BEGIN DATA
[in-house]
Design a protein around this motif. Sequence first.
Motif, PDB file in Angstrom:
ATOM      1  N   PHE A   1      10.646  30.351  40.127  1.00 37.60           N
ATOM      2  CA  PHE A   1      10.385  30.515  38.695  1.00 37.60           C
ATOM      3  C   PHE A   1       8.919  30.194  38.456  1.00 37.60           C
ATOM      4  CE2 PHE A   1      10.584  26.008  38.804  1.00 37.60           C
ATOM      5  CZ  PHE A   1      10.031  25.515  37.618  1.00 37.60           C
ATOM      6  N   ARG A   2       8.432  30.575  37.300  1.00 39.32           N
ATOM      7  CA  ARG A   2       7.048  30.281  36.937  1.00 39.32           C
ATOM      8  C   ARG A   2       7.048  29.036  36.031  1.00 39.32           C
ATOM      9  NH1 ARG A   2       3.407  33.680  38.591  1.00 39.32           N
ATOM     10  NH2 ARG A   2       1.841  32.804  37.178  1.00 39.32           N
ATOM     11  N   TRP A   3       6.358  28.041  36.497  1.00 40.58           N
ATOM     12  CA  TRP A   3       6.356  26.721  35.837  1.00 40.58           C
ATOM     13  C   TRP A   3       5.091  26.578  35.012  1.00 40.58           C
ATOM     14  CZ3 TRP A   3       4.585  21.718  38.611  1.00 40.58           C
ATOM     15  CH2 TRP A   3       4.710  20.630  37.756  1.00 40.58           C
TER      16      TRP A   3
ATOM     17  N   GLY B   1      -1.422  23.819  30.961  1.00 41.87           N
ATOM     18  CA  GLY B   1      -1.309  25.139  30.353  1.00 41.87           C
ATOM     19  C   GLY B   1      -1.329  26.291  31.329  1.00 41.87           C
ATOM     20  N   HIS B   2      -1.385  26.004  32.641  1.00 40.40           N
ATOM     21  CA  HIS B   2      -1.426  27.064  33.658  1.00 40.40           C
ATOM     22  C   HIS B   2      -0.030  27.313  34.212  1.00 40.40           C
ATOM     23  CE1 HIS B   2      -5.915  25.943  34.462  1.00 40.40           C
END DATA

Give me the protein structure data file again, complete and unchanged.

[in-house]
Design a protein around this motif. Sequence first.
Motif, PDB file in Angstrom:
ATOM      1  N   PHE A   1      10.646  30.351  40.127  1.00 37.60           N
ATOM      2  CA  PHE A   1      10.385  30.515  38.695  1.00 37.60           C
ATOM      3  C   PHE A   1       8.919  30.194  38.456  1.00 37.60           C
ATOM      4  CE2 PHE A   1      10.584  26.008  38.804  1.00 37.60           C
ATOM      5  CZ  PHE A   1      10.031  25.515  37.618  1.00 37.60           C
ATOM      6  N   ARG A   2       8.432  30.575  37.300  1.00 39.32           N
ATOM      7  CA  ARG A   2       7.048  30.281  36.937  1.00 39.32           C
ATOM      8  C   ARG A   2       7.048  29.036  36.031  1.00 39.32           C
ATOM      9  NH1 ARG A   2       3.407  33.680  38.591  1.00 39.32           N
ATOM     10  NH2 ARG A   2       1.841  32.804  37.178  1.00 39.32           N
ATOM     11  N   TRP A   3       6.358  28.041  36.497  1.00 40.58           N
ATOM     12  CA  TRP A   3       6.356  26.721  35.837  1.00 40.58           C
ATOM     13  C   TRP A   3       5.091  26.578  35.012  1.00 40.58           C
ATOM     14  CZ3 TRP A   3       4.585  21.718  38.611  1.00 40.58           C
ATOM     15  CH2 TRP A   3       4.710  20.630  37.756  1.00 40.58           C
TER      16      TRP A   3
ATOM     17  N   GLY B   1      -1.422  23.819  30.961  1.00 41.87           N
ATOM     18  CA  GLY B   1      -1.309  25.139  30.353  1.00 41.87           C
ATOM     19  C   GLY B   1      -1.329  26.291  31.329  1.00 41.87           C
ATOM     20  N   HIS B   2      -1.385  26.004  32.641  1.00 40.40           N
ATOM     21  CA  HIS B   2      -1.426  27.064  33.658  1.00 40.40           C
ATOM     22  C   HIS B   2      -0.030  27.313  34.212  1.00 40.40           C
ATOM     23  CE1 HIS B   2      -5.915  25.943  34.462  1.00 40.40           C